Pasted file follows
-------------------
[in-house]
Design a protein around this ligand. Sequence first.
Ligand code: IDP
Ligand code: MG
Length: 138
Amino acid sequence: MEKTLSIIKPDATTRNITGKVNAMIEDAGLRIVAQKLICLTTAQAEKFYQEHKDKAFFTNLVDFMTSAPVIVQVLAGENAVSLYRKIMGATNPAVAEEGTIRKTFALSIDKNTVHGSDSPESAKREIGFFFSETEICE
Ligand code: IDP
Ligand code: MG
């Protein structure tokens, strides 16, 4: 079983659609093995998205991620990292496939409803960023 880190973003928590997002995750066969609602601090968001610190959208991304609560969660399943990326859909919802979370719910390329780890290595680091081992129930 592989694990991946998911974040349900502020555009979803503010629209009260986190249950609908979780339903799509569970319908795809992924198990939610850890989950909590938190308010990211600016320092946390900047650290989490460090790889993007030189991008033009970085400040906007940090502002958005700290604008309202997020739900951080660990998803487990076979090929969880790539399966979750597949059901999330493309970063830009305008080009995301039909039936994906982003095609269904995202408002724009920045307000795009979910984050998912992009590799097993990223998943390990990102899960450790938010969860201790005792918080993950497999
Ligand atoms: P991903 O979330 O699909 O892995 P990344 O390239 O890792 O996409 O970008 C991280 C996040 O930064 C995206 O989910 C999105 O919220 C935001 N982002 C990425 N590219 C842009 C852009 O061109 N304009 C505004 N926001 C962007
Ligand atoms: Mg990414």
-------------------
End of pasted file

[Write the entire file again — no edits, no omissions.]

[in-house]
Design a protein around this ligand. Sequence first.
Ligand code: IDP
Ligand code: MG
Length: 138
Amino acid sequence: MEKTLSIIKPDATTRNITGKVNAMIEDAGLRIVAQKLICLTTAQAEKFYQEHKDKAFFTNLVDFMTSAPVIVQVLAGENAVSLYRKIMGATNPAVAEEGTIRKTFALSIDKNTVHGSDSPESAKREIGFFFSETEICE
Ligand code: IDP
Ligand code: MG
């Protein structure tokens, strides 16, 4: 079983659609093995998205991620990292496939409803960023 880190973003928590997002995750066969609602601090968001610190959208991304609560969660399943990326859909919802979370719910390329780890290595680091081992129930 592989694990991946998911974040349900502020555009979803503010629209009260986190249950609908979780339903799509569970319908795809992924198990939610850890989950909590938190308010990211600016320092946390900047650290989490460090790889993007030189991008033009970085400040906007940090502002958005700290604008309202997020739900951080660990998803487990076979090929969880790539399966979750597949059901999330493309970063830009305008080009995301039909039936994906982003095609269904995202408002724009920045307000795009979910984050998912992009590799097993990223998943390990990102899960450790938010969860201790005792918080993950497999
Ligand atoms: P991903 O979330 O699909 O892995 P990344 O390239 O890792 O996409 O970008 C991280 C996040 O930064 C995206 O989910 C999105 O919220 C935001 N982002 C990425 N590219 C842009 C852009 O061109 N304009 C505004 N926001 C962007
Ligand atoms: Mg990414």